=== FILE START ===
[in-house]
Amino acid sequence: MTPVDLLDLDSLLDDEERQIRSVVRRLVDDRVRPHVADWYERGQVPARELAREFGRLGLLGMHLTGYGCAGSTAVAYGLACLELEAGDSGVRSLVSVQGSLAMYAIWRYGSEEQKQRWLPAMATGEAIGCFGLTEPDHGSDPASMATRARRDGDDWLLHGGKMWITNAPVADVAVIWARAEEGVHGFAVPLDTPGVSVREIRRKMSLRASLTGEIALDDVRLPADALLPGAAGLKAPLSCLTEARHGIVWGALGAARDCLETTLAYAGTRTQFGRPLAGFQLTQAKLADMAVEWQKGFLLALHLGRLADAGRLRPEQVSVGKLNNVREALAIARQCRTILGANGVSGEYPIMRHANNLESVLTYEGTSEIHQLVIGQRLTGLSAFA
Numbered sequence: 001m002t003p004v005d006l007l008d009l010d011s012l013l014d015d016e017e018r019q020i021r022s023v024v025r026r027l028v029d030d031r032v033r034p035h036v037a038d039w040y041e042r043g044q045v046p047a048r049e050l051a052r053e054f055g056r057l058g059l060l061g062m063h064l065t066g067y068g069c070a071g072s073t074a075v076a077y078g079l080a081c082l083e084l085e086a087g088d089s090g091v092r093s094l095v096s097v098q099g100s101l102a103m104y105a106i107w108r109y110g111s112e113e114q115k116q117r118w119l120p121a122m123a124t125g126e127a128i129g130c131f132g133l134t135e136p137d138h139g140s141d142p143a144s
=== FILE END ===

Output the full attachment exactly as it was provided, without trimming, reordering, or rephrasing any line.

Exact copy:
[in-house]
Amino acid sequence: MTPVDLLDLDSLLDDEERQIRSVVRRLVDDRVRPHVADWYERGQVPARELAREFGRLGLLGMHLTGYGCAGSTAVAYGLACLELEAGDSGVRSLVSVQGSLAMYAIWRYGSEEQKQRWLPAMATGEAIGCFGLTEPDHGSDPASMATRARRDGDDWLLHGGKMWITNAPVADVAVIWARAEEGVHGFAVPLDTPGVSVREIRRKMSLRASLTGEIALDDVRLPADALLPGAAGLKAPLSCLTEARHGIVWGALGAARDCLETTLAYAGTRTQFGRPLAGFQLTQAKLADMAVEWQKGFLLALHLGRLADAGRLRPEQVSVGKLNNVREALAIARQCRTILGANGVSGEYPIMRHANNLESVLTYEGTSEIHQLVIGQRLTGLSAFA
Numbered sequence: 001m002t003p004v005d006l007l008d009l010d011s012l013l014d015d016e017e018r019q020i021r022s023v024v025r026r027l028v029d030d031r032v033r034p035h036v037a038d039w040y041e042r043g044q045v046p047a048r049e050l051a052r053e054f055g056r057l058g059l060l061g062m063h064l065t066g067y068g069c070a071g072s073t074a075v076a077y078g079l080a081c082l083e084l085e086a087g088d089s090g091v092r093s094l095v096s097v098q099g100s101l102a103m104y105a106i107w108r109y110g111s112e113e114q115k116q117r118w119l120p121a122m123a124t125g126e127a128i129g130c131f132g133l134t135e136p137d138h139g140s141d142p143a144s